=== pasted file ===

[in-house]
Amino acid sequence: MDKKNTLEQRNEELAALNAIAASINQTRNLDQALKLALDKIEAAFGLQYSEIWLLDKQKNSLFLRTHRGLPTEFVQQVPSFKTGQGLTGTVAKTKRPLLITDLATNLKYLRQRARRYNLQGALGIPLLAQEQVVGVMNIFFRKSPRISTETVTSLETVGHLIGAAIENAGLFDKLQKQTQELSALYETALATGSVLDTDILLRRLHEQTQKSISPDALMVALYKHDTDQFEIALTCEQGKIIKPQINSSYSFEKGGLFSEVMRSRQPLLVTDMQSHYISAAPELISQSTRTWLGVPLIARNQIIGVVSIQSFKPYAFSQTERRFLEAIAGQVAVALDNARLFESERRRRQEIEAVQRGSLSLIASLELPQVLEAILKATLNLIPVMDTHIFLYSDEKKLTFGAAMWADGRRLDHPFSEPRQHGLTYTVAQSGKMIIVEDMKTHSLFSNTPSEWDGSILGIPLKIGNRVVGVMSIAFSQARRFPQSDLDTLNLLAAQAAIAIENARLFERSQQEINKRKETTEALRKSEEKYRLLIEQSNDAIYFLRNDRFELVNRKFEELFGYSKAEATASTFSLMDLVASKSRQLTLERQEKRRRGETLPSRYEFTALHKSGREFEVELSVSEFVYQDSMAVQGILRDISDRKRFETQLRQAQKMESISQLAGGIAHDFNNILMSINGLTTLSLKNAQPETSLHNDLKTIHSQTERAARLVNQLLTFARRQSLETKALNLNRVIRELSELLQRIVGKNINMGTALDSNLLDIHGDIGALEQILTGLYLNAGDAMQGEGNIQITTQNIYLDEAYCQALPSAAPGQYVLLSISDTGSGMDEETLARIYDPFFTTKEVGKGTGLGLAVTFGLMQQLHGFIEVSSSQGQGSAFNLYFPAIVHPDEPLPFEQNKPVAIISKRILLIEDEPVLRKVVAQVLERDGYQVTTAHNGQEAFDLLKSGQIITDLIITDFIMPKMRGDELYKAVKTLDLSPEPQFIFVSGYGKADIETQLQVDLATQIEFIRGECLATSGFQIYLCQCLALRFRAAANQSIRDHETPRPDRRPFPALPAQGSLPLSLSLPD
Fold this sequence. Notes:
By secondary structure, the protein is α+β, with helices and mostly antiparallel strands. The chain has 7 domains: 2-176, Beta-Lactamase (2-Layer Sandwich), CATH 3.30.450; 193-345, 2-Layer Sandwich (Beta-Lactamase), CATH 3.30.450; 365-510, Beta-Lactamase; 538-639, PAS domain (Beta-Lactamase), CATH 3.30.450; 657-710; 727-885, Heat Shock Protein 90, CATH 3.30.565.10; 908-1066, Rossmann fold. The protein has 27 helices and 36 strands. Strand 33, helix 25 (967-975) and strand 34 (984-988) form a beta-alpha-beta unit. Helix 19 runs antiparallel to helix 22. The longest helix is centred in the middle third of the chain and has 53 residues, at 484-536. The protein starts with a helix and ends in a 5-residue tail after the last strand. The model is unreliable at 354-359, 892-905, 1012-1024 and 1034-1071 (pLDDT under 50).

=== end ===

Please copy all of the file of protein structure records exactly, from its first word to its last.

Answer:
[in-house]
Amino acid sequence: MDKKNTLEQRNEELAALNAIAASINQTRNLDQALKLALDKIEAAFGLQYSEIWLLDKQKNSLFLRTHRGLPTEFVQQVPSFKTGQGLTGTVAKTKRPLLITDLATNLKYLRQRARRYNLQGALGIPLLAQEQVVGVMNIFFRKSPRISTETVTSLETVGHLIGAAIENAGLFDKLQKQTQELSALYETALATGSVLDTDILLRRLHEQTQKSISPDALMVALYKHDTDQFEIALTCEQGKIIKPQINSSYSFEKGGLFSEVMRSRQPLLVTDMQSHYISAAPELISQSTRTWLGVPLIARNQIIGVVSIQSFKPYAFSQTERRFLEAIAGQVAVALDNARLFESERRRRQEIEAVQRGSLSLIASLELPQVLEAILKATLNLIPVMDTHIFLYSDEKKLTFGAAMWADGRRLDHPFSEPRQHGLTYTVAQSGKMIIVEDMKTHSLFSNTPSEWDGSILGIPLKIGNRVVGVMSIAFSQARRFPQSDLDTLNLLAAQAAIAIENARLFERSQQEINKRKETTEALRKSEEKYRLLIEQSNDAIYFLRNDRFELVNRKFEELFGYSKAEATASTFSLMDLVASKSRQLTLERQEKRRRGETLPSRYEFTALHKSGREFEVELSVSEFVYQDSMAVQGILRDISDRKRFETQLRQAQKMESISQLAGGIAHDFNNILMSINGLTTLSLKNAQPETSLHNDLKTIHSQTERAARLVNQLLTFARRQSLETKALNLNRVIRELSELLQRIVGKNINMGTALDSNLLDIHGDIGALEQILTGLYLNAGDAMQGEGNIQITTQNIYLDEAYCQALPSAAPGQYVLLSISDTGSGMDEETLARIYDPFFTTKEVGKGTGLGLAVTFGLMQQLHGFIEVSSSQGQGSAFNLYFPAIVHPDEPLPFEQNKPVAIISKRILLIEDEPVLRKVVAQVLERDGYQVTTAHNGQEAFDLLKSGQIITDLIITDFIMPKMRGDELYKAVKTLDLSPEPQFIFVSGYGKADIETQLQVDLATQIEFIRGECLATSGFQIYLCQCLALRFRAAANQSIRDHETPRPDRRPFPALPAQGSLPLSLSLPD
Fold this sequence. Notes:
By secondary structure, the protein is α+β, with helices and mostly antiparallel strands. The chain has 7 domains: 2-176, Beta-Lactamase (2-Layer Sandwich), CATH 3.30.450; 193-345, 2-Layer Sandwich (Beta-Lactamase), CATH 3.30.450; 365-510, Beta-Lactamase; 538-639, PAS domain (Beta-Lactamase), CATH 3.30.450; 657-710; 727-885, Heat Shock Protein 90, CATH 3.30.565.10; 908-1066, Rossmann fold. The protein has 27 helices and 36 strands. Strand 33, helix 25 (967-975) and strand 34 (984-988) form a beta-alpha-beta unit. Helix 19 runs antiparallel to helix 22. The longest helix is centred in the middle third of the chain and has 53 residues, at 484-536. The protein starts with a helix and ends in a 5-residue tail after the last strand. The model is unreliable at 354-359, 892-905, 1012-1024 and 1034-1071 (pLDDT under 50).